top TOP
Grant Recipients Home

Joel Yisraeli, PhD

Joel Yisraeli, PhD

Grant Status

Hebrew University of Jerusalem

Grant Type
Project Grant

Project Title
Developing a Small Molecule Inhibitor for Igf2bp1 – A Novel Targeted Therapy for Lung Carcinoma

Tumor Types

Research Topics
Lung Cancer, Targeted Therapies

Named Grant:

The Joseph Weksler Memorial Grant

About the Investigator:

Dr. Yisraeli’s group studies the role of RNA binding proteins in helping mediate RNA localization, stability, and translation during development, cell migration, and in different kinds of cancer. He received his BA from Princeton University, his PhD degree in Microbiology from the Hebrew University, and carried out postdoctoral research in Developmental Biology at Harvard University. He is currently an Associate Professor of Developmental Biology and Cancer Biology at the Hebrew University of Jerusalem.

About the Research:

In most tumors, genes that regulate cell division are “dysregulated”: genes that stimulate division (“oncogenes”) are activated when they should not be. This results in uncontrolled proliferation of the tumor cells. Dysregulation usually occurs as the result of mutations in key oncogenes and tumor suppressor genes. In lung cancer, the KRAS oncogene frequently carries mutations that cause it to promote continued rounds of cell division. In addition, activity of KRAS is further enhanced by a second mechanism. The mRNA that encodes KRAS interacts with an RNA binding protein, Igf2bp1, resulting in increased levels of KRAS and enhanced KRAS activity.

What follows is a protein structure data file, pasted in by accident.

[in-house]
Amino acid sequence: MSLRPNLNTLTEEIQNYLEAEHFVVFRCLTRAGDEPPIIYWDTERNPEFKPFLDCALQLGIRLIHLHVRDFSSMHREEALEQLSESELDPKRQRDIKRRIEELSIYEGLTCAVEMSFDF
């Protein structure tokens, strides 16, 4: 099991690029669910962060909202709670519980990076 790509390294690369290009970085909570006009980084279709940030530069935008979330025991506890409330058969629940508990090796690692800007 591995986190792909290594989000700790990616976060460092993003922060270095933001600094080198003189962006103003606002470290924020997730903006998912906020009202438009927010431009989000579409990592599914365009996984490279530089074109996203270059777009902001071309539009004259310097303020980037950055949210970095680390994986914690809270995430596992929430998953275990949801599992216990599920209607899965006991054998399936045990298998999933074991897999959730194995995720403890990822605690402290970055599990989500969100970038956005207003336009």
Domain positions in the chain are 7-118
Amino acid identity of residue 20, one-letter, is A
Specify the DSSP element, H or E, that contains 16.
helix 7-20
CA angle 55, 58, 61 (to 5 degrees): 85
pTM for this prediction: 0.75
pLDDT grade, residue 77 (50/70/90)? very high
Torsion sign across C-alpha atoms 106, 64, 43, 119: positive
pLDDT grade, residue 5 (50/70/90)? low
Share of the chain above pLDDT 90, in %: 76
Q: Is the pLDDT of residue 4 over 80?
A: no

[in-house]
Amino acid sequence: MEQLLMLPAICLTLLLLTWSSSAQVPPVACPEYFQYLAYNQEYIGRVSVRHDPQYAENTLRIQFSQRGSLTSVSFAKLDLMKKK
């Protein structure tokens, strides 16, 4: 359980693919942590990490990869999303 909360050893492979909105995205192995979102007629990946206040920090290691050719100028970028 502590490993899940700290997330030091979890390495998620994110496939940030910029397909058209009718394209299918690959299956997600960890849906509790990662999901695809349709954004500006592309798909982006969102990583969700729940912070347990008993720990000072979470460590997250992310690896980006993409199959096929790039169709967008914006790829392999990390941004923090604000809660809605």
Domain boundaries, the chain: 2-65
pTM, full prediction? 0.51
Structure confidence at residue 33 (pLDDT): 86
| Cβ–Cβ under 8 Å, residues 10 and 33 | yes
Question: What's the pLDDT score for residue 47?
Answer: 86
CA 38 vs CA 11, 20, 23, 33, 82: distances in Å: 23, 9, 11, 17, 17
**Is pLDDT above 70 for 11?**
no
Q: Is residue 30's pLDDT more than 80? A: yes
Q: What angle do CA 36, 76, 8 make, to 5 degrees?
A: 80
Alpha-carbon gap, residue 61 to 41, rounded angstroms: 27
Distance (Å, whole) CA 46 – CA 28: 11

The goal of Dr. Yisraeli’s proposal is to develop a new therapy for treatment of lung cancer by inhibiting KRAS and other pro-oncogenic RNAs that are bound by Igf2bp1 in cancer cells. By screening a large library (27,000 compounds), his team identified a lead compound that inhibits binding of KRAS mRNA to Igf2bp1. This destabilizes the mRNA that encodes KRAS, diminishes KRAS protein levels, and inhibits growth of lung adenocarcinoma cells in culture.  Additional RNAs, encoding other oncogenic proteins, are also degraded by administration of the compound. He now proposes to develop enhanced, second generation molecules and test them in pre-clinical mouse models, where they are predicted to inhibit tumor progression and metastasis. This may lead to novel, pharmaceutical-grade precisely targeted compounds that can be used clinically, either as primary or adjuvant therapies for patients suffering from lung carcinoma.


Help End the Suffering Caused By Cancer

The answer to cancer is research. Support groundbreaking cancer research in Israel today: